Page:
In the early 1960s, Gordon recognized that prehistoric persons crafted effigies of those ani­mals and birds they revered most into their smoking instruments, or as we call them pipes. He theorized that it was through these instru­ments that they offered homage to superiors and gathered to celebrate victories, matings, births and deaths, prepared for war, and offered peace by wafting their smoke upwards toward the overworld or heavens. With the exception of the birdstone, no other known ancient North American artform provides the number of effi­gies as does the smoking pipe. In pipe form, we see a wide variety of animals, birds, and even human effigies. Gordon ascertained he could learn more by studying pipes than any other form of prehistoric art. From that time onward, his collecting pursuits focused on studying well-documented prehistoric pipes. The pursuit of this newly focused avocation brought him in con­tact with advanced and senior collectors of an earlier era: Baker, Bartol, the Bushes, Copeland, Dougherty, Knoblock, LaDassor, Meuser, Malloy, Morast, McNeal, McPherson, Petrie, Shipley, Smith, Stephens, Vietzen, Wachtel, Warner, Wray and many, many others. He is also in contact with today's professionals such as Edmund Carpenter, David Penney, Barber Conable, and Emile Deleteille, as well as con­temporary collectors, Earl Townsend and Gregory Perino to mention a few. Perhaps it was Dr. Stan Copeland of Columbus, Ohio, who was most influential in helping Gordon develop his vision, as Stan emphasized the collecting of well known, well-documented artforms, and the need to continue learning, researching, and docu­menting those works. Gordon continues to follow those simple precepts to this day.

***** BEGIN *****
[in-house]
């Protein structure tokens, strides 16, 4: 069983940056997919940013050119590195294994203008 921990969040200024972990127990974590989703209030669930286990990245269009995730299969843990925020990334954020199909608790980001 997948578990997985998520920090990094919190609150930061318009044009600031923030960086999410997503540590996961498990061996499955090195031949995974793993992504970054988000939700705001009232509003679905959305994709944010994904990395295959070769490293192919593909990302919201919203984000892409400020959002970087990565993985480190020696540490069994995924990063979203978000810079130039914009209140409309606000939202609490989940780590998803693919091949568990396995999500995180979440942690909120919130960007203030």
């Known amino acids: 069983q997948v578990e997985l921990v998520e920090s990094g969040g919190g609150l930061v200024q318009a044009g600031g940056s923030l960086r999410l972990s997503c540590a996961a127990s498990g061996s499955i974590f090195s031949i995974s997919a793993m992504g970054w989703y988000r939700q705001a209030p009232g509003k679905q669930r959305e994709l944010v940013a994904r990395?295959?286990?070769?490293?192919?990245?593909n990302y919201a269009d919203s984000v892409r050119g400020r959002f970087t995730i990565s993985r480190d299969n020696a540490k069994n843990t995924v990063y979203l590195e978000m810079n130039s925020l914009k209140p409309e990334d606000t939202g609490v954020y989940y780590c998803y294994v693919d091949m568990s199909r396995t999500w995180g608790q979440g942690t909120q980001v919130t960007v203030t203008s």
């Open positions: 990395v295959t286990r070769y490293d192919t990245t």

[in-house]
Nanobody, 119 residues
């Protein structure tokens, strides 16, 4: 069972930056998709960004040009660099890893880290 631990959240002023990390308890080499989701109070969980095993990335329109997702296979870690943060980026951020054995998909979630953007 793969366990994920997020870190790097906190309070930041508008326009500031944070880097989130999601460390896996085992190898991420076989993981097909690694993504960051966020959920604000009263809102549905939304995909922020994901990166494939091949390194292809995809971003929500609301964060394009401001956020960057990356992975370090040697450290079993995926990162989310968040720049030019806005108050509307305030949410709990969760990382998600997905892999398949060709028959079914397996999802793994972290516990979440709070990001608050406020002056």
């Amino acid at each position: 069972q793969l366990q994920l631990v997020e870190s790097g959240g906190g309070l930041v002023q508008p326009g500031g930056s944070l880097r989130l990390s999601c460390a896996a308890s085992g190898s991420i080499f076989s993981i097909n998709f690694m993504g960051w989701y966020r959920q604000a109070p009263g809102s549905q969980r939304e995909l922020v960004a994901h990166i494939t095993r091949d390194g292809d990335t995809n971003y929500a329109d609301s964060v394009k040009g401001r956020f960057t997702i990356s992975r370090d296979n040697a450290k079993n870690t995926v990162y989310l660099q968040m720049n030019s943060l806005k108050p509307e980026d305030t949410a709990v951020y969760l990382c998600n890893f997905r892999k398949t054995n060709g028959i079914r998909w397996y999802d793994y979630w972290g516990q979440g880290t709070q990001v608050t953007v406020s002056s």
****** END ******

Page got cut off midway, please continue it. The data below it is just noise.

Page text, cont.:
In 1969, Gordon unveiled his concept of a national artifact authentication program to a group of senior collectors from the Genuine Indian Relic Society. In 1970 at Columbus, Ohio, the Authentication Committee, under Gordon's guidance, presented the first Certificates of Authenticity Register to the owners of several artifacts. To receive this certificate, the artifact owner presented the subject prehistoric item and all pertinent written information to a com­mittee of three or more knowledgeable senior collectors. These persons offered individual judg­ment of authenticity, following a review of the information and an inspection of the artifact. If a minimum of three judges certified the artifact as true as represented, the certificate was signed by those reviewing individuals and a seal affixed. A fee of three dollars was collected to cover the cost of the certificate. Gordon chaired this very successful program for fifteen years, serving as its librarian and coordinator, spend­ing endless hours researching and documenting artifacts and histories for numerous owners.